Whistleblower Chelsea Manning, who is currently serving an unjust thirty-five year jail sentence and who has already been tortured under US military supervision, is now being threatened with "indefinite solitary confinement" for alleged infractions that are so minor it's actually hard to believe.
Last week, the German government informed the popular news site Netzpolitik that two of its journalists were under investigation for treason for reporting on their government's mass surveillance programs - in other words they were being investigated for doing their job.
Today we filed a Freedom of Information Act (FOIA) lawsuit against the Justice Department over their unpublished rules for using National Security Letters and so-called informal “exigent letters” to conduct surveillance of journalists.
Today we’re proud to announce a major new crowd-funding campaign in support of whistleblower Chelsea Manning to help pay for her important legal appeal. Chelsea is currently in the process challenging of her unjust Espionage Act conviction and draconian 35-year jail sentence at the Army Court of Appeals.
Awarding-winning filmmaker and journalist Laura Poitras sued the Department of Homeland Security and several other federal agencies under the Freedom of Information Act (FOIA) yesterday, demanding an explanation for the dozens of times the US government detained and questioned her traveling over the border from 2006-2012.
For years, computer security experts have bemoaned the poor security of popular browser plugins like Adobe Flash. Whether you realize it or not, your web browser uses these plug-ins all the time to play video on countless popular sites on the Internet - yet cybercriminals regularly exploit security holes in these same plugins to phish and defraud millions of ordinary computer users.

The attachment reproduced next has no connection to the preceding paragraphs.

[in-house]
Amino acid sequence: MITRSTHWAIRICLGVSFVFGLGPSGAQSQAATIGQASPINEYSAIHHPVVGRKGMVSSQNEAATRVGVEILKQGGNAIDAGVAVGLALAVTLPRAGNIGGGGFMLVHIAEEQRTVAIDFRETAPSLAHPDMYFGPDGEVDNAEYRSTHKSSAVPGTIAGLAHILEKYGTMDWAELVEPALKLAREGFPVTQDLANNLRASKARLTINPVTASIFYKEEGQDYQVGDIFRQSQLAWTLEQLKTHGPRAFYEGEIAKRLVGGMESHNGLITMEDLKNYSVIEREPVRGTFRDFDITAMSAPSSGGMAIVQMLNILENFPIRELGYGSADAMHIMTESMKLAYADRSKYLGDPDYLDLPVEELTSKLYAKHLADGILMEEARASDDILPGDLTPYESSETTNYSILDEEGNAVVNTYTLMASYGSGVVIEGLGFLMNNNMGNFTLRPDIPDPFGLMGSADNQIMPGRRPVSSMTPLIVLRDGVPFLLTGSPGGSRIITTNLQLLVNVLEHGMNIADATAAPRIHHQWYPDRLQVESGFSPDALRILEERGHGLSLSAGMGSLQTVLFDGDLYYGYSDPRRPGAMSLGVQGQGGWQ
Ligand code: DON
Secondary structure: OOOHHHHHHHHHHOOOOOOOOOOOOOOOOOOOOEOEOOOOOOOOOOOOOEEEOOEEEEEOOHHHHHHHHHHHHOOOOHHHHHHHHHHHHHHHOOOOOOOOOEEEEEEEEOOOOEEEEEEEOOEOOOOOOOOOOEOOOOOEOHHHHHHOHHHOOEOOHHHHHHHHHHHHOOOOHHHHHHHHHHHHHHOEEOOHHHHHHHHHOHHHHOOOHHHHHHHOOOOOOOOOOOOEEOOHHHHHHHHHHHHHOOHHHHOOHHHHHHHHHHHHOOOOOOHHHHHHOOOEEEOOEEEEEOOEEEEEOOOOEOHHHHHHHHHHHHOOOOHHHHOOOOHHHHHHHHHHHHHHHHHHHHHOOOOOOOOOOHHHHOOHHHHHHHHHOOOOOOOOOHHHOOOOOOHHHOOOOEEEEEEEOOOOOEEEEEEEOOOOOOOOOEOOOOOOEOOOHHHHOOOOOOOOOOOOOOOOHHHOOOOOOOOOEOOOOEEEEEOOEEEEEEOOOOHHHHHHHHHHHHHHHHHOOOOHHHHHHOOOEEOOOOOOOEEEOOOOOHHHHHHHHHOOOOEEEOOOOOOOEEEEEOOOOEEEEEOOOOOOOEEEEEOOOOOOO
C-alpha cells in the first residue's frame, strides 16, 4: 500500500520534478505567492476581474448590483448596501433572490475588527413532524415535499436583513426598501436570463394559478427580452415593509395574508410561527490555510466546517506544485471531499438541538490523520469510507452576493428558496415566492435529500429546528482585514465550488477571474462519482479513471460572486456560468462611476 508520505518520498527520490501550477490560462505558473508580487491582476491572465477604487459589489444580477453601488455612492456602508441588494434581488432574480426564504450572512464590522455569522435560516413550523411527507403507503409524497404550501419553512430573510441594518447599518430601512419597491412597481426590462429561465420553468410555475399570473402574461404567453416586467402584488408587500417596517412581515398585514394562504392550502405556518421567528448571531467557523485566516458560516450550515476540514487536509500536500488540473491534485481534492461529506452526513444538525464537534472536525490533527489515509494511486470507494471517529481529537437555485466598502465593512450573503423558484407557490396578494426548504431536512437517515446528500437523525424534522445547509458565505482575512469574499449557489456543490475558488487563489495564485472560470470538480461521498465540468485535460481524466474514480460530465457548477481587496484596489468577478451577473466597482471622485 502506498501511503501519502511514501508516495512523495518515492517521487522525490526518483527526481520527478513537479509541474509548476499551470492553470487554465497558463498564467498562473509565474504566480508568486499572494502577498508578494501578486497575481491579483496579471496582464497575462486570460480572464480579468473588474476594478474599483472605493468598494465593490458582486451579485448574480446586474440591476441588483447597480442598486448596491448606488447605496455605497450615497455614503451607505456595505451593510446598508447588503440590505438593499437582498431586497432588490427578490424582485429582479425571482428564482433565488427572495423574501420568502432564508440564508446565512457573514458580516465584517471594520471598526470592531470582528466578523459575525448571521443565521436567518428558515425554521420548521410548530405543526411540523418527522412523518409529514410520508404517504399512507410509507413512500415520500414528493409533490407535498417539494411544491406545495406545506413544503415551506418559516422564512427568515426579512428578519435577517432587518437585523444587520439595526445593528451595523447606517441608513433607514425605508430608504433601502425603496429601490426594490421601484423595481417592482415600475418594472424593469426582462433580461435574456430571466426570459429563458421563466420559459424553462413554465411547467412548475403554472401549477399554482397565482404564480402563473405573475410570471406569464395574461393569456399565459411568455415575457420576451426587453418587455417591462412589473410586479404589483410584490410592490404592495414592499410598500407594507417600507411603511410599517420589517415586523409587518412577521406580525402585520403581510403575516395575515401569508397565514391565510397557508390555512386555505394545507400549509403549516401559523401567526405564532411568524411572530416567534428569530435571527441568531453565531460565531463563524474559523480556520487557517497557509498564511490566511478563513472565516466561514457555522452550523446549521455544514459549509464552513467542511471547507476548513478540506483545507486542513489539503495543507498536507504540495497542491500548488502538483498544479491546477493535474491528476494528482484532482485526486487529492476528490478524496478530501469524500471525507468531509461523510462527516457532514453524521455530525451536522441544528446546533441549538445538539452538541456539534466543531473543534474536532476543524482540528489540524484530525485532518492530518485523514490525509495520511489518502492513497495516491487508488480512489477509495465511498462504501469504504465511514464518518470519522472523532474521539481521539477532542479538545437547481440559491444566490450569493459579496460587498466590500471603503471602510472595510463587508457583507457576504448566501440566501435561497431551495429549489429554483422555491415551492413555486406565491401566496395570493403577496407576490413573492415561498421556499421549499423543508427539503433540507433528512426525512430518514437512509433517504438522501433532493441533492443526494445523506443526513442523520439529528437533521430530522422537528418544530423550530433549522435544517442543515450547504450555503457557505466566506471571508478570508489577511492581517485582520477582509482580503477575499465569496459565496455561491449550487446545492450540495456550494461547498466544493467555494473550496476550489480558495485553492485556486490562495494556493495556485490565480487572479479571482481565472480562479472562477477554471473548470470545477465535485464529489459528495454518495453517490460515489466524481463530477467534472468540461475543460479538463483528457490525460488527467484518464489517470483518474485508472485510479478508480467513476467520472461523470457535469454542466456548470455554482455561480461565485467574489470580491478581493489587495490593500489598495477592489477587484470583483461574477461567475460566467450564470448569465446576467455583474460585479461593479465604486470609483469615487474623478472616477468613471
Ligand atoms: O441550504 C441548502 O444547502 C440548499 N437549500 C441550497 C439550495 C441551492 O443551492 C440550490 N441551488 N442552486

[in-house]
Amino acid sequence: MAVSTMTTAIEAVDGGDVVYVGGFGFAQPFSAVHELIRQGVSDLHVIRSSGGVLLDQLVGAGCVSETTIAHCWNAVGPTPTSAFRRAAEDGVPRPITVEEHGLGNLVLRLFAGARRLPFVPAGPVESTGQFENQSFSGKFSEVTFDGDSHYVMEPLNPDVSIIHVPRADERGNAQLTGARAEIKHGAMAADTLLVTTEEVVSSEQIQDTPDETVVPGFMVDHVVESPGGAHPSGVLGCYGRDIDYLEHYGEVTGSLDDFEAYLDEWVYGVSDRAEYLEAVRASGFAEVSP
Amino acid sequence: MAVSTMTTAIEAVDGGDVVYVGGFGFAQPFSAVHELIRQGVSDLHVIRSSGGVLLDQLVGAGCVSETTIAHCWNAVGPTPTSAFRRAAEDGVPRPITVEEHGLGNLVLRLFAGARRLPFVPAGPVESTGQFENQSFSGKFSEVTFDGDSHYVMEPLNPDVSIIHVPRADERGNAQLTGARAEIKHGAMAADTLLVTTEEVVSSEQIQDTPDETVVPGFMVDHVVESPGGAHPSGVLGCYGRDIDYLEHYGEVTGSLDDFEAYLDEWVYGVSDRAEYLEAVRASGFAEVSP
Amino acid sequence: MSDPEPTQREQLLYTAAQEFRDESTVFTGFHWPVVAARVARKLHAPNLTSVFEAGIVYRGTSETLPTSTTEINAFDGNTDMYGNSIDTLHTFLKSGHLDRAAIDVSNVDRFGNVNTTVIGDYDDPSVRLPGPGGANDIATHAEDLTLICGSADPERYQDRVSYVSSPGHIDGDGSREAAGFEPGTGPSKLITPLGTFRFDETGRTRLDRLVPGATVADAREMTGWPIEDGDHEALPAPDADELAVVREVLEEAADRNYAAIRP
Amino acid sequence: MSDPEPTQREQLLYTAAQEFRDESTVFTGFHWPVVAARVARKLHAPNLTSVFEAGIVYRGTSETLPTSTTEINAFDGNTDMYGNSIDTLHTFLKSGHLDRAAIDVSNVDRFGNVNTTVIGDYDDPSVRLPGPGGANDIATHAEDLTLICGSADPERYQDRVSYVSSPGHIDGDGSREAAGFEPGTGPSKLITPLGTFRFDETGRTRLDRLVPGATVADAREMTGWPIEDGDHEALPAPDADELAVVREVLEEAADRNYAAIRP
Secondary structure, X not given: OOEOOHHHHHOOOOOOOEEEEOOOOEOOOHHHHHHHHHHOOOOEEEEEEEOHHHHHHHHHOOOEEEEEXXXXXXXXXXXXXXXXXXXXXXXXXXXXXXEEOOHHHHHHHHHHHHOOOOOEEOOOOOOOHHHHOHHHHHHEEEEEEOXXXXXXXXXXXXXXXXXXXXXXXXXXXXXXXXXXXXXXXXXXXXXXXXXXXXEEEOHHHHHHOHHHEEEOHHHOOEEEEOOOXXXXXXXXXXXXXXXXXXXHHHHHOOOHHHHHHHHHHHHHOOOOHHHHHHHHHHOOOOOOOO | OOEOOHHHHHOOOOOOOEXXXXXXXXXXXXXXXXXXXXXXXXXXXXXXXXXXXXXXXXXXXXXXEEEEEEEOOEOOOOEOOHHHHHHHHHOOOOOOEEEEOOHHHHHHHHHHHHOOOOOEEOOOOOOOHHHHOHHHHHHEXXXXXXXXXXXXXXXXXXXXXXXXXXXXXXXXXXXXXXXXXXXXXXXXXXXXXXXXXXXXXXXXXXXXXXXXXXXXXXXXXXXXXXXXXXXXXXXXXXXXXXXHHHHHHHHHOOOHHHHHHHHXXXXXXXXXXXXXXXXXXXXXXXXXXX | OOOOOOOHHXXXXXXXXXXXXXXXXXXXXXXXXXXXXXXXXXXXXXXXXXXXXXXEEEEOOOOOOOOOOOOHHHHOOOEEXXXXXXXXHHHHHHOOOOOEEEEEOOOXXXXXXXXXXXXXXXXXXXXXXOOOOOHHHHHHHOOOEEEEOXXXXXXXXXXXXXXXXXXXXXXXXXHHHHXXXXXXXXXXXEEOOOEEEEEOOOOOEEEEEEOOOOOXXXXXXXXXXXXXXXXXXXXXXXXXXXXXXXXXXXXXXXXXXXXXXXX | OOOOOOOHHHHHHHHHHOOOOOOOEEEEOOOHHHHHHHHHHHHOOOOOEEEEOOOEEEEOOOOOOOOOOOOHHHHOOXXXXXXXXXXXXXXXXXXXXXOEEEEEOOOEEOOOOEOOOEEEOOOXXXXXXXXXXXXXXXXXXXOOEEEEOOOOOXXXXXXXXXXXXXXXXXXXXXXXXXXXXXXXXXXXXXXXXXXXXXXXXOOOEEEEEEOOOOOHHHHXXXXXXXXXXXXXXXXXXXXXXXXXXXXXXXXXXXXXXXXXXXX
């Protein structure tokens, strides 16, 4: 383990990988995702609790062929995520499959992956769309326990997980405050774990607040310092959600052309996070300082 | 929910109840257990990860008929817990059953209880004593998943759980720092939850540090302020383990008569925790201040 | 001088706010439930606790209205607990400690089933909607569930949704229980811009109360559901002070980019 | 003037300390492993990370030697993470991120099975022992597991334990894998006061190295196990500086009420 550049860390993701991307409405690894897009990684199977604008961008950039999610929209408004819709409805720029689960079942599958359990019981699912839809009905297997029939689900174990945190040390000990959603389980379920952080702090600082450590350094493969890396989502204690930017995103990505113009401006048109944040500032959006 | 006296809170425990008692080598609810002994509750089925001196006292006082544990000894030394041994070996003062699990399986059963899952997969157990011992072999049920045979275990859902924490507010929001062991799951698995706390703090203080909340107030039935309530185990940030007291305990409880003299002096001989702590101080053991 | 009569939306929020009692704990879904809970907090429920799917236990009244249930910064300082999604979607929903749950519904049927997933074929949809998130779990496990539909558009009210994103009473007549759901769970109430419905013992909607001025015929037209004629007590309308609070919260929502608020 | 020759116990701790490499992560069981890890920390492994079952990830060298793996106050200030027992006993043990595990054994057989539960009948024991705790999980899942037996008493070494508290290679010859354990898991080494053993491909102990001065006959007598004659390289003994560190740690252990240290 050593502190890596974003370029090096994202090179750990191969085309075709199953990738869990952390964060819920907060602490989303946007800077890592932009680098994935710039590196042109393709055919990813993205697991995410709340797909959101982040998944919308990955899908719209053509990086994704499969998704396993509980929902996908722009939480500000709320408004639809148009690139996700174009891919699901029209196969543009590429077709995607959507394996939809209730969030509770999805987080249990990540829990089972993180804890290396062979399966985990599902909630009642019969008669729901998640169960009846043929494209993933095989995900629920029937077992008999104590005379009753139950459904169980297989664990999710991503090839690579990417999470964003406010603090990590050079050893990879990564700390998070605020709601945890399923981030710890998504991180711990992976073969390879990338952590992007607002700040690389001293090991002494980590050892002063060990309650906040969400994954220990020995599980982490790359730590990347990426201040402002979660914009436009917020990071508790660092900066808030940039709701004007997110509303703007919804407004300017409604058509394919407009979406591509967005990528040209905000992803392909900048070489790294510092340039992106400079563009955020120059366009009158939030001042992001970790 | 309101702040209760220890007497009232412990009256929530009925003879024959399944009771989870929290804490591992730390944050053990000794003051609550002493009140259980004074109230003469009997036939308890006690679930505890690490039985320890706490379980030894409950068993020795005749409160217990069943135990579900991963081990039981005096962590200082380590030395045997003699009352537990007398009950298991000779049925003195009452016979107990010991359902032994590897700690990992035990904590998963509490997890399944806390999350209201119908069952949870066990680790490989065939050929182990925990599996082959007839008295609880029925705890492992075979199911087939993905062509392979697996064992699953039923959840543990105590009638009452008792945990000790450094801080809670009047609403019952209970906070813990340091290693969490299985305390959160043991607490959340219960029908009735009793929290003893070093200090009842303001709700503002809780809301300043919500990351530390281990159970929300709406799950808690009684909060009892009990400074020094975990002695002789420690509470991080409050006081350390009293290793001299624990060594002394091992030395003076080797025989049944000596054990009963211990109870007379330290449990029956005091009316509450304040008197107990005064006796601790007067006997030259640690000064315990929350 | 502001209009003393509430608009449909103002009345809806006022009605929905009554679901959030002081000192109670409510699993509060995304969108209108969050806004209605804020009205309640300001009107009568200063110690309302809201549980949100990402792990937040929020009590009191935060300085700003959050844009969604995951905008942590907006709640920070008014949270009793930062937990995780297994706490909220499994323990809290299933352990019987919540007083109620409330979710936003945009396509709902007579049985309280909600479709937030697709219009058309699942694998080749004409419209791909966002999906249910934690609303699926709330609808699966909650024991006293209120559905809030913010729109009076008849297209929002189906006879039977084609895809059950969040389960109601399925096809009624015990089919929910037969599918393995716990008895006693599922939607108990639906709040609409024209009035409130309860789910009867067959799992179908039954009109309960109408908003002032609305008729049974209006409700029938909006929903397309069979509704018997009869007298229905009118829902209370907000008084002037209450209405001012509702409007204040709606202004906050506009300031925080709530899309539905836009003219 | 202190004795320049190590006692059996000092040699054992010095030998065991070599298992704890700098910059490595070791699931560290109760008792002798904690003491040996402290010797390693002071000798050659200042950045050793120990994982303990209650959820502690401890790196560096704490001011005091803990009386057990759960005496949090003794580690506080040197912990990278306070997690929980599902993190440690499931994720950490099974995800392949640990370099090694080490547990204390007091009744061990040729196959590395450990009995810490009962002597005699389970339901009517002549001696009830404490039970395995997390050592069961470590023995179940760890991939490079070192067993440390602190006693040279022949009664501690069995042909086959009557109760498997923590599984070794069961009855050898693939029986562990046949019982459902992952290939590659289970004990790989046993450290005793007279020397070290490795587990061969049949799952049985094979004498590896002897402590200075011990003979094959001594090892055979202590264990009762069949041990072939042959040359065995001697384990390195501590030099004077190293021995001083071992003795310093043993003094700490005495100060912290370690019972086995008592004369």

The risk is even greater for journalists: the recent Hacking Team leak shows that Flash exploits were an important component of their hacking tools, which have been used by authoritarian governments around the world that are known to target reporters, activists, and dissidents. The leak includes several previously unknown ("0-day") Flash exploits, which are already being incorporated into widely used exploit kits so anybody will be able to use them, not just Hacking Team and their customers. As of this writing, two of the Hacking Team Flash exploits remain unpatched - and there may be more yet to come as researchers continue to explore the dataset.
The UN Special Rapporteur on freedom of opinion and expression, David Kaye, recently called for outside comments on the protection of sources and whistleblowers around the world and will be presenting a report on the subject to the UN General Assembly in October 2015. Freedom of the Press Foundation submitted our comments to the Special Rapporteur yesterday, which you can read in full below.
It was great to read this Edward Snowden New York Times op-ed—great because the piece is as thoughtful and informative as you’d expect, and even better because it’s an example of Snowden’s continuing ability to raise awareness of the dangers of an unchecked surveillance state.